This morning my oldest son was playing Minecraft.

Now, if you’re not familiar with Minecraft, it’s basically a game where you build your own world out of these little blocks. I liken it to digital legos, but on steroids. Some of these worlds are very simple, consisting of a single four-walled house set in a vast blocky landscape, while others are extremely elaborate, with huge palaces, electricity, and machines.

My kids play the simple version, starting up a new world every time, building a very basic structure. They then engage in what appears to amount to a lot of running around, building ridiculously high towers, and then blowing them up. It’s fun for them, and they are always excited to share their creations with us.

Anyway, on this particular morning, my oldest was thrilled because another person had joined his game (a first!). As I came upstairs he was excitedly telling me “Mommy, guess what? [Player X] is playing with me on Minecraft! Can you believe it?!? I got my first visitor!!”

That unbridled enthusiasm and pure joy lasted all of about two minutes.

I had just started the coffee when he returned, dejected. Eyes downcast, he informed me, “He just left the game.”

I was sympathetic – this is the digital version of someone coming to your birthday party and then leaving after 5 minutes, and it was clear he was very disappointed.

So naturally, being a life coach, I navigated this expertly, right??


Instead, I went into fix-it mode, immediately chiming in with, “Well, there are lots of interesting worlds out there. Maybe you could build some interesting things in your world, and then the next time someone comes, they’ll want to stay a little bit longer. How does that sound?”  Face-palm.

It took me about 10 minutes to even realize my mistake, and when I did I cringed inside.

I called my son back to me and asked him the following questions:

  1. How did you feel when he left the game? Sad.

  2. What did you think to yourself when he left?  I wanted him to stay, I was having fun.

I then went on to ask him why he thought the other player left. My son responded mechanically “Because I didn’t have enough cool stuff in my world.”

Ugh. In that one “fix-it” moment, I gave my son the message that it was HIS job to make someone else happy, to keep them entertained. That it was HIS responsibility to make sure they had a good time so that they’d stick around instead of bailing.

I may as well just slap a sign on his back, “People Pleaser In Training.” This is exactly what we people-pleasers do – we measure ourselves by how others perceive us, putting the weight of their happiness on our own shoulders, then wonder why we are never happy, and why, despite all of our best efforts, the people we are pleasing never seem to stay happy.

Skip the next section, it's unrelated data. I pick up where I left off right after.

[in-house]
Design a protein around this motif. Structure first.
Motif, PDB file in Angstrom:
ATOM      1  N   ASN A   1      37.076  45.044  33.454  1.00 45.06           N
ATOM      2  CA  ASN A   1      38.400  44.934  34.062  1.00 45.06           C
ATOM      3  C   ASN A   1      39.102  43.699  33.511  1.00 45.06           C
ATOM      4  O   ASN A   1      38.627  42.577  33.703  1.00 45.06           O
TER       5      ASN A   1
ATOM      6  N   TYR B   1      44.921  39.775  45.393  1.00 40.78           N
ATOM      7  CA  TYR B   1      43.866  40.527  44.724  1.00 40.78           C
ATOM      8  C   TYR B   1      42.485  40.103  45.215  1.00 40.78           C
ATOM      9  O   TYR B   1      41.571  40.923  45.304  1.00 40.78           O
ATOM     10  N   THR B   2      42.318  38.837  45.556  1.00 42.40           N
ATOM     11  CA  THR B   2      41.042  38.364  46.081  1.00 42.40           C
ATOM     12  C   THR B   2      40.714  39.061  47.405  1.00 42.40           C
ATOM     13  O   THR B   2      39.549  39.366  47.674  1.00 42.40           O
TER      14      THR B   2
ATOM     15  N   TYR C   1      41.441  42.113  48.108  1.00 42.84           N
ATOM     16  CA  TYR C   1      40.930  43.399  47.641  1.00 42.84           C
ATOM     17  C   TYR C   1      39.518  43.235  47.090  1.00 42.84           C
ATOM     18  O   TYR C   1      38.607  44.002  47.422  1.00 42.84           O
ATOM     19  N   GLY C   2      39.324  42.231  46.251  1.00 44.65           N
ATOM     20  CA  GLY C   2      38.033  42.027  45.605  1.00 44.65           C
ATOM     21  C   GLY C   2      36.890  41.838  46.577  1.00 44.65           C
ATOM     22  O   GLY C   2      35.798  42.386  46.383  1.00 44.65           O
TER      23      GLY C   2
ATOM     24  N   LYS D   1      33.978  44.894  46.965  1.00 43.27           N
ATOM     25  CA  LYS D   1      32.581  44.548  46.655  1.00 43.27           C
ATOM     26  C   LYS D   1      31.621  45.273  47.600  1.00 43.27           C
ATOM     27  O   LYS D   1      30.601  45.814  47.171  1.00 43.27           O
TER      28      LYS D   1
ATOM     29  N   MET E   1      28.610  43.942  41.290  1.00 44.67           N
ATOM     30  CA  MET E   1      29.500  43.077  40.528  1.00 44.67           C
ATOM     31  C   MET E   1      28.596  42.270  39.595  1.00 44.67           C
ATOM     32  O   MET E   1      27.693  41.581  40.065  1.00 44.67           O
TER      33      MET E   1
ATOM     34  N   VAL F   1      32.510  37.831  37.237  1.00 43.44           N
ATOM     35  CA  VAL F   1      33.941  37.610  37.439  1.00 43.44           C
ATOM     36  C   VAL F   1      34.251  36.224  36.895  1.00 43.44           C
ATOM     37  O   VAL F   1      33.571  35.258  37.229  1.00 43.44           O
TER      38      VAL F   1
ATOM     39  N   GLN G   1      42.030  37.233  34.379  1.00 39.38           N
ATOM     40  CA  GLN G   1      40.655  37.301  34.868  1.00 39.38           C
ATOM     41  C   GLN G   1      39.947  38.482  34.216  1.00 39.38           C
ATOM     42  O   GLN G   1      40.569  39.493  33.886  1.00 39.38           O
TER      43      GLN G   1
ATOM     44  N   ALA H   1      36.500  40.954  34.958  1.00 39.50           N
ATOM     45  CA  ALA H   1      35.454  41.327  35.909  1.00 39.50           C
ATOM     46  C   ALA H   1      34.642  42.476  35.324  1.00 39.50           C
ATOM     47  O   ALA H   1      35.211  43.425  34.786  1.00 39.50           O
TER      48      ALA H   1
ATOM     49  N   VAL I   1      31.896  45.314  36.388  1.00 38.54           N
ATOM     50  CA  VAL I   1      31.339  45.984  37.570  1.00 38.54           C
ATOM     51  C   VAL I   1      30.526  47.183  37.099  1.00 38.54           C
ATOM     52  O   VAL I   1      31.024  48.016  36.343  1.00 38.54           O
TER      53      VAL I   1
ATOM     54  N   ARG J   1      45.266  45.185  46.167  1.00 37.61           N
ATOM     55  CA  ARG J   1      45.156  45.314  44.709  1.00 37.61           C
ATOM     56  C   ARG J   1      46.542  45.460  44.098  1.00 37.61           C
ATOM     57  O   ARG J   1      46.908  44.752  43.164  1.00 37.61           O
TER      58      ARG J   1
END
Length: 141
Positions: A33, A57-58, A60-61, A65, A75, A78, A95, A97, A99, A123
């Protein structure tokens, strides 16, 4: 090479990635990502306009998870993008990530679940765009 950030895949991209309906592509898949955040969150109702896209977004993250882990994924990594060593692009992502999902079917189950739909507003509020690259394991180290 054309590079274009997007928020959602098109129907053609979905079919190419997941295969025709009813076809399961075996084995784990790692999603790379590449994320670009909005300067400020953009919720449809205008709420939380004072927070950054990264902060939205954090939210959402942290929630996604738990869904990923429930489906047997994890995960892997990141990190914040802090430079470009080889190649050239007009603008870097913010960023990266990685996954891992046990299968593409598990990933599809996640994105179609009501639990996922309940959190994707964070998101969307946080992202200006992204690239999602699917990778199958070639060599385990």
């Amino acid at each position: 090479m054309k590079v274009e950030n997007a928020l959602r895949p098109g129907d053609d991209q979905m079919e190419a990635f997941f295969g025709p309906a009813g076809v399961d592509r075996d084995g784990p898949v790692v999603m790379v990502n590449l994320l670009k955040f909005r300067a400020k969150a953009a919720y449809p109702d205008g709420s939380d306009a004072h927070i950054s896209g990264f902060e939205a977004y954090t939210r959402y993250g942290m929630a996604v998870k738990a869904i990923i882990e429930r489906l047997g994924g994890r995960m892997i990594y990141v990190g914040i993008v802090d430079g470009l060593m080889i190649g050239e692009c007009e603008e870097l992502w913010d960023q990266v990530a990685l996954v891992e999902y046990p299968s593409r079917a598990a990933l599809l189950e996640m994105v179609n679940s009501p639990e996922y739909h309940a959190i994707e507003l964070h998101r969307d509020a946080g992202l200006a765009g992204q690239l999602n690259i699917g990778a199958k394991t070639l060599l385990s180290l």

Luckily, I was able to notice my mistake, and for the next few minutes, we brainstormed other reasons why this player may have left.

Me: Maybe his mom was calling him to breakfast.

Kiddo: Maybe he had to go to the bathroom!

Me: Maybe he had to go to swim lessons.

Kiddo: Maybe he had to go fight a ninja!

Afterward, I pointed out that we came up with a lot of other reasons that he might have left, and we could never know for sure. I then asked him “How do you feel when you believe he left because you didn’t have enough cool stuff in your world?”, to which he replied “Sad.”

I asked, “How do you feel when you believe one of the other reasons he might have left?” He replied, “Not sad.” I asked, “So which do you choose?”

He smiled and said, “Not sad.” then skipped off to go play with his brother.

This is a perfect example of why I need to continually do my own work. I have worked hard on my own people-pleasing tendency, have worked with clients through theirs, and still every now and then I fall into the old pattern. Old habits do indeed die hard and I will probably work on this particular one for the rest of my life. I’m good with that.

As for my son, I can’t stop him from becoming a people-pleaser any more than I can change the direction of the wind – that’s his work, and only he can control that. What I can do is be mindful of the language and messages I model for him, and sit and work through situations like this with him, in hope that he may find his own way for navigating the world, one that makes him feel powerful and strong, without needing other people’s approval. Free to be himself.

Invitation: Think about an area in your life where you have worked to “build cool stuff”, for the sole purpose of impressing others or keeping them happy.  It could be something in your job, a relationship, the clothes you wear, even what you post on Facebook.

Now think about how it would feel to STOP doing that, once and completely, without worrying about what anyone else thinks or how they will react.  Does it feel like freedom?